Excel Geeking: Counting Recurring Instances of the Same Value Using a Formula

A coworker of mine, who works in another department, had a spreadsheet her group uses to manage what gets pushed out to the stores and when. If you’re in retail, and retail IT especially, you know you don’t mess with the stores anymore than necessary. They are the moneymakers, and you don’t want to be the guy responsible for bringing down their systems to where they can’t sell anything.

This spreadsheet has several columns of dates, with each date corresponding to a specific piece of software that will get rolled out or to which a new release gets pushed. These dates should never overlap. No store gets two pushes in the same day.

This leads me to the challenge they had. With so many multiple columns of dates, they wanted a flag of some sort that would pop up if the same date was entered more than once for that record.

Yeah, I can solve that, I thought. And I did. Here’s how.

Using a mock-up file as a playground, I created four columns of dates. Next I added a fifth column called # Fields Used. In this column I added just a straight count formula. If for some reason any of the columns does not have an entry, I don’t want it counted. It’s always possible that some stores have some software that other stores do not. 

The last column is the Overlap column. Into this column I inserted the following formula:

=IF((COUNTIF(B2:E2,B2)+COUNTIF(B2:E2,C2)+COUNTIF(B2:E2,D2)+COUNTIF(B2:E2,E2))>F2,”OVERLAPPING DATES”,””)

Essentially what I’m doing is counting each instance that the value in each column occurs using a COUNTIF. Then I’m adding them all together to be certain I account for all instances. Granted, that creates a double count, but who cares? I’m already over the limit, so over by a little or by a lot, it’s all the same.  

If the count for all the columns where the value equals the first one is more than one, which we want it never to be, then it triggers the TRUE part of the IF statement, in which case I’m writing text to the cell that says “Overlapping Dates”. You could also add some conditional formatting to give it some pop, but I skipped that part in the screen grab below. 

overlapping_values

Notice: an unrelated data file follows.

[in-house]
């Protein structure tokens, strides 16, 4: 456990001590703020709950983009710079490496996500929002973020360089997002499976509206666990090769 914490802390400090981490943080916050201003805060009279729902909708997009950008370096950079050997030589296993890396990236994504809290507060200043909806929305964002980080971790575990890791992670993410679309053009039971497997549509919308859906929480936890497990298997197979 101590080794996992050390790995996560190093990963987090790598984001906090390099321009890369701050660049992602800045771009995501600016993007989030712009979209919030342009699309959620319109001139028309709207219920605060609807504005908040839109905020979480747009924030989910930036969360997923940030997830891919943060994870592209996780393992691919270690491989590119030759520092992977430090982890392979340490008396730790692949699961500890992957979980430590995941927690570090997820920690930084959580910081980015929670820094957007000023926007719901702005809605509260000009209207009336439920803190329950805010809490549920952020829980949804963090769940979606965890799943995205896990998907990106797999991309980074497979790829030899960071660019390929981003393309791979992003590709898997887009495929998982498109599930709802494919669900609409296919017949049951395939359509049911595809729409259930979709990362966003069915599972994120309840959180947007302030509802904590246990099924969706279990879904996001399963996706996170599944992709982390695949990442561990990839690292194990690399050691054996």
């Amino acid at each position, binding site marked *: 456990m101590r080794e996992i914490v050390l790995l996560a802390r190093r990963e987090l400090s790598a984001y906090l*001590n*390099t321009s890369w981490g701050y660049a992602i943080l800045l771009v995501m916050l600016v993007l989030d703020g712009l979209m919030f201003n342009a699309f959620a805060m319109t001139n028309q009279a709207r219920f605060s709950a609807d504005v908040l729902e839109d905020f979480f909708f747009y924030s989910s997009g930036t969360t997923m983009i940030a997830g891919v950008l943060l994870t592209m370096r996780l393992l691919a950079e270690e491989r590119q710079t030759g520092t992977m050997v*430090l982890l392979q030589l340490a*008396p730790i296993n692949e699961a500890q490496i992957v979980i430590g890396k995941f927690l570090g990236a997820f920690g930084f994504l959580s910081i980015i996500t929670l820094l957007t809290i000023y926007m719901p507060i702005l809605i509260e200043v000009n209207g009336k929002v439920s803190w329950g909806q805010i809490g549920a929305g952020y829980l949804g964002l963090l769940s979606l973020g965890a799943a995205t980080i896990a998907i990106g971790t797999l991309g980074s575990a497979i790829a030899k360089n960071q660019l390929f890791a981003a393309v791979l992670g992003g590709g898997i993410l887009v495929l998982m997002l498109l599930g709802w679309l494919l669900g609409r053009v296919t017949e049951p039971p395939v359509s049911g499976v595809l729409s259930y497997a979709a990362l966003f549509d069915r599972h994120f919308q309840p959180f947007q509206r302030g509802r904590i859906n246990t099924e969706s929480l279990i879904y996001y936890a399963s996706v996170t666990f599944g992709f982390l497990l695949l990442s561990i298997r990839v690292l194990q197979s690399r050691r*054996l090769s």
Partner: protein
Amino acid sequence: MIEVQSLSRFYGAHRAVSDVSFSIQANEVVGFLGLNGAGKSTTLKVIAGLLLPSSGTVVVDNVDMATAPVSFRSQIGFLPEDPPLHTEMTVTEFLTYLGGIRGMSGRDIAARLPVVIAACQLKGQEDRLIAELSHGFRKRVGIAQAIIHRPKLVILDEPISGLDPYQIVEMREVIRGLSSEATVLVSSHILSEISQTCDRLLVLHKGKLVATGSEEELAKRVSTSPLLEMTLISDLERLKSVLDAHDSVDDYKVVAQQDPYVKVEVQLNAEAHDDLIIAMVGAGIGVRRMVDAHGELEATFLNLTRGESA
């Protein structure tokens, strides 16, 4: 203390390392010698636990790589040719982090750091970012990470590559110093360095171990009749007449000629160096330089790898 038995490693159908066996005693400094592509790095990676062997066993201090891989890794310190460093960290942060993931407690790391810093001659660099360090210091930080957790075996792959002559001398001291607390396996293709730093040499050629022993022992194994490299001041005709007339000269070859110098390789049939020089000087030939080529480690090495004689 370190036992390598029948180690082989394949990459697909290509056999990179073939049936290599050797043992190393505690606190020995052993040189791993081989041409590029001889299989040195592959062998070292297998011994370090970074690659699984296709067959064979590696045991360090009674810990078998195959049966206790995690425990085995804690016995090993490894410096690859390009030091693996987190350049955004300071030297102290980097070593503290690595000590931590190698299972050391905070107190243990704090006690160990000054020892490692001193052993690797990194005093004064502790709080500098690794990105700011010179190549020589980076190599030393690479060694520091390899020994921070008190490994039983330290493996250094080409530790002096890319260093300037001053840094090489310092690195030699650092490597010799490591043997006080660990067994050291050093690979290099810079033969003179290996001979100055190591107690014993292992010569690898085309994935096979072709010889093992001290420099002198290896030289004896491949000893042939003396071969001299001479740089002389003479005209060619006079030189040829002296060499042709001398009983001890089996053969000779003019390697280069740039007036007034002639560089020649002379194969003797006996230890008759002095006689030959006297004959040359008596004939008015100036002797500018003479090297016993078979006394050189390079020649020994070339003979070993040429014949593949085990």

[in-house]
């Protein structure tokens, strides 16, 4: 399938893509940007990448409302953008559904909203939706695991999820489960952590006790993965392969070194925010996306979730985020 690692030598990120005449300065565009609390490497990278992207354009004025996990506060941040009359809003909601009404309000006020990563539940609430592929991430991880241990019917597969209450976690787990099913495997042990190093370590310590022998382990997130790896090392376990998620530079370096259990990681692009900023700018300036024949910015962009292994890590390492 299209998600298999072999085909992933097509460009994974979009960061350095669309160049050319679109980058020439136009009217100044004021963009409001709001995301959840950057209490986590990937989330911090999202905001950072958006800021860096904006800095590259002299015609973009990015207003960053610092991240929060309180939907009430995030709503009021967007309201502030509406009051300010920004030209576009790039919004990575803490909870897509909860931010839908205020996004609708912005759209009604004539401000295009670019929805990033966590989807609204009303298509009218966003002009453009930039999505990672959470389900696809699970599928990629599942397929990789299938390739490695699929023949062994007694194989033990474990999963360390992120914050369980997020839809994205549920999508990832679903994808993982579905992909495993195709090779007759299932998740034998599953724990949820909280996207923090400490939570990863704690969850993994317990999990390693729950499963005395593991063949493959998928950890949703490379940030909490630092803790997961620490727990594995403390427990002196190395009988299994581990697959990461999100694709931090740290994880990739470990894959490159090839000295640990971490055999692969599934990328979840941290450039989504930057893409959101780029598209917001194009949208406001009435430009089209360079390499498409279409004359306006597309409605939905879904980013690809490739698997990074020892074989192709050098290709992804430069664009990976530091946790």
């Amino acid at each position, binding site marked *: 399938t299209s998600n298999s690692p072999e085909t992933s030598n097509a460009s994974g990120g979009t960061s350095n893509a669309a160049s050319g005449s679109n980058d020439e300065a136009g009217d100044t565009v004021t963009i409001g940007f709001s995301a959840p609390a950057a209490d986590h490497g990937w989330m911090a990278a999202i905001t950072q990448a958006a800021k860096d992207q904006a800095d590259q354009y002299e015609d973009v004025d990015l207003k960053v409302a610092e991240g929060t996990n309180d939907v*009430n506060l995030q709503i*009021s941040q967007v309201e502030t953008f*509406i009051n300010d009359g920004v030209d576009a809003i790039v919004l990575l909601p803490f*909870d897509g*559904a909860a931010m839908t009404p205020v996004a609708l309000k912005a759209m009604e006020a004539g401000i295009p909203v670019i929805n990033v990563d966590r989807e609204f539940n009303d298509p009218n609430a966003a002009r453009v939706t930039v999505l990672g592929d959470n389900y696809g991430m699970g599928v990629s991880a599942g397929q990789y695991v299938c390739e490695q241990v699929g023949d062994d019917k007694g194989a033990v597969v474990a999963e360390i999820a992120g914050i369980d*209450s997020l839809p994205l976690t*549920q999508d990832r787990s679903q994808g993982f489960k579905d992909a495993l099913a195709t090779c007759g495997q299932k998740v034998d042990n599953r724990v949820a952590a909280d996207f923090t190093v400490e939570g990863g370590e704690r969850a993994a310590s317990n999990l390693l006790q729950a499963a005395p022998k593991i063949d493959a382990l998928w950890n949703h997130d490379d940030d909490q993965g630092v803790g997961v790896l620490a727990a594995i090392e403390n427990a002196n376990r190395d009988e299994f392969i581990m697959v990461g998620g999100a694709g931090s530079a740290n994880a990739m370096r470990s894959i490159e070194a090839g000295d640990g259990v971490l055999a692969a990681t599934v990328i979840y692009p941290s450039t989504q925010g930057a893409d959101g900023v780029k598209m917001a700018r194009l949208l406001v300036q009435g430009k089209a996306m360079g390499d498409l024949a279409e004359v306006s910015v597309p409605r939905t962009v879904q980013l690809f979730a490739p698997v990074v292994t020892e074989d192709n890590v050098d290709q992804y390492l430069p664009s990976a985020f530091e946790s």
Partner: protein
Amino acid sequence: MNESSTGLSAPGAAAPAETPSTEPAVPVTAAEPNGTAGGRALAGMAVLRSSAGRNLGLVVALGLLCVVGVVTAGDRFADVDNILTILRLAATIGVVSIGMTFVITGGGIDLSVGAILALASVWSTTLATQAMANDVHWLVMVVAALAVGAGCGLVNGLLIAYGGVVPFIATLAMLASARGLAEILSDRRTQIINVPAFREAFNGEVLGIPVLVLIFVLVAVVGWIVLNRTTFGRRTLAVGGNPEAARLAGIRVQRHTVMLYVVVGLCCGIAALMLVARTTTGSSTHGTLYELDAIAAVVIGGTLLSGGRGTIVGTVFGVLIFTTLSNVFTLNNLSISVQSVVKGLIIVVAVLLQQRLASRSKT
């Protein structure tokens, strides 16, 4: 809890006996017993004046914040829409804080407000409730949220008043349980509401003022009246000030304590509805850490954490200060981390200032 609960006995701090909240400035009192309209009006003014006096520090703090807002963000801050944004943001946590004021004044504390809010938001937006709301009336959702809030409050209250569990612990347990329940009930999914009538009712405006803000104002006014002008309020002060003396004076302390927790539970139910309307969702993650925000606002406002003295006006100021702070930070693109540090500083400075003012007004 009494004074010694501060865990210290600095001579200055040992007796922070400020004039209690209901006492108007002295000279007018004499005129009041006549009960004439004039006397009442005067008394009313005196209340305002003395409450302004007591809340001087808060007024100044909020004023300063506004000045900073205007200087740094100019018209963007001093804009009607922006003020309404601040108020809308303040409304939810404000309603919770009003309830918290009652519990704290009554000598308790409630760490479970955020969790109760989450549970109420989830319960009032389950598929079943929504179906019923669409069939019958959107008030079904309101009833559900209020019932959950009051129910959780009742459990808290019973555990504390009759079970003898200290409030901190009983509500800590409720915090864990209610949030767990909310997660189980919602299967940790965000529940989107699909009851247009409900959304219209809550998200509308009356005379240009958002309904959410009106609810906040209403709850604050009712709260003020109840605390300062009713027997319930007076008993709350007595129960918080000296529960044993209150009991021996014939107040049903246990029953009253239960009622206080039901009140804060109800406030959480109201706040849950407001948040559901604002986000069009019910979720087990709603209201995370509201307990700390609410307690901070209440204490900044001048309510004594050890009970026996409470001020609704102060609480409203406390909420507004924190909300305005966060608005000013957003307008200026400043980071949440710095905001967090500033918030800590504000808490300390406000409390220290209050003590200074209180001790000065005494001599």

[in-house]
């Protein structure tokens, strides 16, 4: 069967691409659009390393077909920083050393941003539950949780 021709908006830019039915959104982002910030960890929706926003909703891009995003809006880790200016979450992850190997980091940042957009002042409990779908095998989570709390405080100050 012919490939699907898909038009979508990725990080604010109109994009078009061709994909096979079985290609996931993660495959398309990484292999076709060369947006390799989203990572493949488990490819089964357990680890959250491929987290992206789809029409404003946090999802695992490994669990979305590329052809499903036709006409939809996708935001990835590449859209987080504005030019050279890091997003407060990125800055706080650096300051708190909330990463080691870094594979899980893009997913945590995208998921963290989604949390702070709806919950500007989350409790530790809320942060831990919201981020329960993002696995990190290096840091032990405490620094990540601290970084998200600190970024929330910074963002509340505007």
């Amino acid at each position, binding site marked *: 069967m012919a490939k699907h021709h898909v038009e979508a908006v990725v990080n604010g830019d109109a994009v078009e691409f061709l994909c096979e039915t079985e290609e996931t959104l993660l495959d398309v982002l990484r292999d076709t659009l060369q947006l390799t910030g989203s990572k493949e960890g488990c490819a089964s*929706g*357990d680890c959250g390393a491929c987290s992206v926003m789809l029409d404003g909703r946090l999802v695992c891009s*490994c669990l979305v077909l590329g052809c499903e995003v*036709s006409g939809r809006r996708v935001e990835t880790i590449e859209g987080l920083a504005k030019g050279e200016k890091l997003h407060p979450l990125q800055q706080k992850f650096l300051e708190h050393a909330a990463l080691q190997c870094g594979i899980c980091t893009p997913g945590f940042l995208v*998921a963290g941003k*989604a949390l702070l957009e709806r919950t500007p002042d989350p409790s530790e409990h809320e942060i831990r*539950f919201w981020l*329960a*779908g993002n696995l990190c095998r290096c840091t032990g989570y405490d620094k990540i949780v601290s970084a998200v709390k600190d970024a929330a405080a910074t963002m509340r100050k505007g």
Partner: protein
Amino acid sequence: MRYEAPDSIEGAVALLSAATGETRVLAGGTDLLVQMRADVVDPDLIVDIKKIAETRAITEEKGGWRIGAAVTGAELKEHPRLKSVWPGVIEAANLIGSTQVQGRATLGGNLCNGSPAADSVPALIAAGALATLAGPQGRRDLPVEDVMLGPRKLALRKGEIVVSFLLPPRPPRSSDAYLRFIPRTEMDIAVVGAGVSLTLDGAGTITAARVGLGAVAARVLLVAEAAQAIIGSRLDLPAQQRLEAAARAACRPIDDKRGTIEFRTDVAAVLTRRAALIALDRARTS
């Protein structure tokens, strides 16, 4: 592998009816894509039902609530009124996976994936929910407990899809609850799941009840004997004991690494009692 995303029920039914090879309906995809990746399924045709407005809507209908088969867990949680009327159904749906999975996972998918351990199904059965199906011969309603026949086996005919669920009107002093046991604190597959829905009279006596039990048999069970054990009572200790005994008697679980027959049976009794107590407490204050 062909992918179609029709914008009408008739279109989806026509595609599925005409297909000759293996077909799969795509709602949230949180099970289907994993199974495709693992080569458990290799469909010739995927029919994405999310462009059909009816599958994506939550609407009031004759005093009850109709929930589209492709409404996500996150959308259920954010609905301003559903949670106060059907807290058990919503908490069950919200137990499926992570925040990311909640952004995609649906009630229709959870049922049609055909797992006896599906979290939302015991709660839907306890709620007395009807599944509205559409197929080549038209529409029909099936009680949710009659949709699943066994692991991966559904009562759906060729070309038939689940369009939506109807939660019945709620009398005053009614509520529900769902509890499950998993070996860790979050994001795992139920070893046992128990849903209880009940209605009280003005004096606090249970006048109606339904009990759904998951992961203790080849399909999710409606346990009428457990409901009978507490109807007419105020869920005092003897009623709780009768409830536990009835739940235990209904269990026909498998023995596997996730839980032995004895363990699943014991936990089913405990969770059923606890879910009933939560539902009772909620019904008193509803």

There is probably a better way of doing this, maybe utilizing FREQUENCY. Truth be told, I didn’t have a lot of time, and this one involved a pretty easy formula to modify, so I went with it. If any had a better method, I’d love to hear about it. 

 

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3 thoughts on “Excel Geeking: Counting Recurring Instances of the Same Value Using a Formula

  1. Hi Scott,
    Often an immediate fix is more important than calculation speed, especially if the data set is not too large. So your solution works fine. Your guess that the FREQUENCY() function might be a more efficient solution is correct, but FREQUENCY() needs a little help from MAX(). Below Is my solution using MAX() and FREQUENCY() with the first data cell in A3.

    The same formula is in both the Overlap Count and Custom Format columns. The formula in both E3 and F3 is =MAX(FREQUENCY($A3:$D3,$A3:$D3)).

    Overlap Count is the raw output of the MAX() and FREQUENCY() formula. Overlap is any number greater than 1.
    Custom Format is the same result with a custom number format of “[>1]”Overlap”;;” (the extra semicolons are to hide any other results).
    Only one of these columns is needed I show both purely to demonstrate the raw and custom format results.

    Overlap Custom
    Date 1 Date 2 Date 3 Date 4 Count Format
    01 May 01 May 24 May 18 May 2 Overlap
    30 May 13 May 29 May 10 May 1
    12 May 16 May 12 May 2 Overlap
    0
    07 May 24 May 30 May 24 May 2 Overlap
    25 May 25 May 2 Overlap
    29 May 07 May 18 May 19 May 1
    07 May 07 May 11 May 2 Overlap
    11 May 26 May 31 May 1
    13 May 04 May 20 May 11 May 1

    If you subtract 1 from the formula =MAX(FREQUENCY($A3:$D3,$A3:$D3)).-1, any overlap will be greater than 0 and the custom number format can be a simpler “”Overlap”;;”

    Overlap Custom
    Date 1 Date 2 Date 3 Date 4 Count Format
    01 May 01 May 24 May 18 May 1 Overlap
    30 May 13 May 29 May 10 May 0
    12 May 16 May 12 May 1 Overlap
    -1
    07 May 24 May 30 May 24 May 1 Overlap
    25 May 25 May 1 Overlap
    29 May 07 May 18 May 19 May 0
    07 May 07 May 11 May 1 Overlap
    11 May 26 May 31 May 0
    13 May 04 May 20 May 11 May 0

    Keep On Excel-ling,
    Dave Laverie

  2. Hmmmm … My reply looked fine while I wrote it, but the post came out without the neatly laid out columns I used. Some rows have less than 4 dates because I left a few blank cells in testing, and the rows showing just 0 or -1 have date cells that are all blank. Dave

  3. You could go the Conditional Formatting route too. Use a formula like

    =COUNTIF($B2:$E2,B2)>1

    and set the Fill color to red for a visual indicator there’s a duplicate.

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